Let me say further, that the men in this country, who avow themselves to be disunionists, that squad, which, during the last thirty years, on all fit and unfit occasions, in moments of excitement and moments of calm, have avowed themselves disunionists, have, as a body, en masse, supported the Democratic party. The whole southern heavens have been darkened during the last four months by the black banners of disunion that have floated in the breeze.
Mr. Pugh, of Ohio, defended the President against the construction put on certain parts of the message by other Senators. He said:
My colleague (Mr. Wade) asserts that the President has employed libellous terms in speaking of a large number of our common constituents, who voted for Col. Fremont at the last election. If the charges were true in any sense, I should unite with my colleague in the condemnation which he has pronounced; for although I would have deplored the election of Col. Fremont as the greatest calamity that could befall the American people, I feel bound to render my tribute of respect to those honest, patriotic, but as I think, misguided, citizens of Ohio, who voted for him. The paragraph upon which my colleague based this accusation, is the one which I now send to the secretary's desk. (Here the secretary read the part of the message quoted above, beginning, "Our institutions framed" and down to "rather than
shoulder to shoulder as friends.") It is (continued Mr. Pugh) impossible that this paragraph should apply to the members of the Republican party, if, as now asserted, they do not aim at the abolition by Congress of Slavery within the States. It is directed against those who hold that doctrine. It refers to the men whom the Senator
Mr. Mason, of Va., said :
from Mass. (Mr. Wilson) and the Senator from Maine (Mr. Fessenden) themselves have denounced on the floor.
Mr. President: the constant and obstinate agitation of questions connected with the institution of Slavery, has brought, I am satisfied, the public mind in those States where the institution prevails, to the conviction that the preservation of that institution rests with themselves and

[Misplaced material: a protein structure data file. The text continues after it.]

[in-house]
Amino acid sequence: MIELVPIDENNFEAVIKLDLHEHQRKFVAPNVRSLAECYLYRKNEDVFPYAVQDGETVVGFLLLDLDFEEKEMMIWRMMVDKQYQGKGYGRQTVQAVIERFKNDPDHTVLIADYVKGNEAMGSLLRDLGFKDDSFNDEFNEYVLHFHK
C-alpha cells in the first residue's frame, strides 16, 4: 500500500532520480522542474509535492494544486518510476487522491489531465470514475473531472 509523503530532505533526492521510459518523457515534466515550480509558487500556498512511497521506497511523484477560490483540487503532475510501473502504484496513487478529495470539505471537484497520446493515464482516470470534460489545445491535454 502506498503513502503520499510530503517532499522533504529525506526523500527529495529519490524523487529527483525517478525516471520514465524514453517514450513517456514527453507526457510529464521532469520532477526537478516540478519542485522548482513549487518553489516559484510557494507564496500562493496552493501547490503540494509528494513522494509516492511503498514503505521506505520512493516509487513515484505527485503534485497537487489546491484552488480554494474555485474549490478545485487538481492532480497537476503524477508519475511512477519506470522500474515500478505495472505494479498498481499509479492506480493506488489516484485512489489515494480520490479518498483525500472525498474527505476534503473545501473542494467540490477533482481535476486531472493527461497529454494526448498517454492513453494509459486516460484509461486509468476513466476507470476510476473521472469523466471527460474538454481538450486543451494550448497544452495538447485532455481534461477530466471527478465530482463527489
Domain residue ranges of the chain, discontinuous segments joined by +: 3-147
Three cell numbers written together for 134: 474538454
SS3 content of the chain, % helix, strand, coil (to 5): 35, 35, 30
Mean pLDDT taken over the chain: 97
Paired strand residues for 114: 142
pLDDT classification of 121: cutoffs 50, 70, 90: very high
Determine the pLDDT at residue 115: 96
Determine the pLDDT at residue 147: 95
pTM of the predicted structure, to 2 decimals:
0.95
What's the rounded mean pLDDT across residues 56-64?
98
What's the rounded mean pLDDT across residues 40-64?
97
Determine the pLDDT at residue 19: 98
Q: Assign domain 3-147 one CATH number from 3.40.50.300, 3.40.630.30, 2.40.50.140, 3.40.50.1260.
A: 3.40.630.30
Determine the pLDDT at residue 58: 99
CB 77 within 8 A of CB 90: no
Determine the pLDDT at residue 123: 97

THE LECOMPTON CONSTITUTION.
chanan transmitted to Congress his first annual On the 8th December, 1857, President Bu
with themselves only. Therefore, at this day, when it is the pleasure of Senators again to bring that institution under review upon this floor, in any connection what-message. He devotes considerable space to the ever, as one of the Representatives of the South, I take subject of Slavery, giving a history of the forma. no further interest in the discussion, or in the opinion tion of the Lecompton Constitution for Kansas, and announcing the doctrine that the Constitution of its own force carries Slavery into all the Territories. Speaking of this subject, he says: "In emerging from the condition of Territorial dependence into that of a sovereign State, it was their duty, in my opinion, to make known their will by the votes of the majority, on the direct question, whether this important domestic institution should or should not continue to exist:" and that the slaves now in Kansas" were brought into the Territory under the Constitution of the United States.'
which is entertained at the North in relation to it, than as it may confirm the hope that there is a public sentiment at the North yet remaining, which unites with the South in the desire to perpetuate the Union, and that, by the aid of that public sentiment at the North, the Union will be preserved. But further than that, as a statesman, and as one representing a Southern State, where that institution prevails more largely than in any other, the public sentiment of the North is a matter indifferent to me, because I say again, we have attained the conviction that the safety of that institution will rest, must rest, and should rest, with the people of the States only where it prevails.
The following is the part of the message referring to Kansas affairs:
to a direct vote. How wise, then, was it for Congress to pass over all subordinate and intermediate agencies, and proceed directly to the source of all legitimate power under our institutions!